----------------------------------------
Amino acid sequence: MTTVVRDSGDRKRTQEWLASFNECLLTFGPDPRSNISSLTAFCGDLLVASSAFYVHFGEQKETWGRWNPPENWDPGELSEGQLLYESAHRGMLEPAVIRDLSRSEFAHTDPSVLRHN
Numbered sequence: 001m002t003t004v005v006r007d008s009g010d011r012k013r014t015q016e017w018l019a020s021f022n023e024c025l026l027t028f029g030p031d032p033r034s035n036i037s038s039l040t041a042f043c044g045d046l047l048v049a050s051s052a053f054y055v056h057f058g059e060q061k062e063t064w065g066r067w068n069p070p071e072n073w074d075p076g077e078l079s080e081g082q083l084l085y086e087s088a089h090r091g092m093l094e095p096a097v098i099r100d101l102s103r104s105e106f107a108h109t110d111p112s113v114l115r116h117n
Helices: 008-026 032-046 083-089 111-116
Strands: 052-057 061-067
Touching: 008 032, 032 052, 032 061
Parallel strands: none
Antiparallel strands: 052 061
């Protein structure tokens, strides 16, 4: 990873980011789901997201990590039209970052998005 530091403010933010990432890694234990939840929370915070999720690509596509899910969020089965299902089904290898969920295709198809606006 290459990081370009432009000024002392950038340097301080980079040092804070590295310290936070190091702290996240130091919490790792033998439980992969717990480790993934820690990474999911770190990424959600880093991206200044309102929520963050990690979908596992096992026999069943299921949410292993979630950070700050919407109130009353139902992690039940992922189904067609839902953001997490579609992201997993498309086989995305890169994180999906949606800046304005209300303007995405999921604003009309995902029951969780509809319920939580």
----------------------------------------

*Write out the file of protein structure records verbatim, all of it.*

Amino acid sequence: MTTVVRDSGDRKRTQEWLASFNECLLTFGPDPRSNISSLTAFCGDLLVASSAFYVHFGEQKETWGRWNPPENWDPGELSEGQLLYESAHRGMLEPAVIRDLSRSEFAHTDPSVLRHN
Numbered sequence: 001m002t003t004v005v006r007d008s009g010d011r012k013r014t015q016e017w018l019a020s021f022n023e024c025l026l027t028f029g030p031d032p033r034s035n036i037s038s039l040t041a042f043c044g045d046l047l048v049a050s051s052a053f054y055v056h057f058g059e060q061k062e063t064w065g066r067w068n069p070p071e072n073w074d075p076g077e078l079s080e081g082q083l084l085y086e087s088a089h090r091g092m093l094e095p096a097v098i099r100d101l102s103r104s105e106f107a108h109t110d111p112s113v114l115r116h117n
Helices: 008-026 032-046 083-089 111-116
Strands: 052-057 061-067
Touching: 008 032, 032 052, 032 061
Parallel strands: none
Antiparallel strands: 052 061
């Protein structure tokens, strides 16, 4: 990873980011789901997201990590039209970052998005 530091403010933010990432890694234990939840929370915070999720690509596509899910969020089965299902089904290898969920295709198809606006 290459990081370009432009000024002392950038340097301080980079040092804070590295310290936070190091702290996240130091919490790792033998439980992969717990480790993934820690990474999911770190990424959600880093991206200044309102929520963050990690979908596992096992026999069943299921949410292993979630950070700050919407109130009353139902992690039940992922189904067609839902953001997490579609992201997993498309086989995305890169994180999906949606800046304005209300303007995405999921604003009309995902029951969780509809319920939580």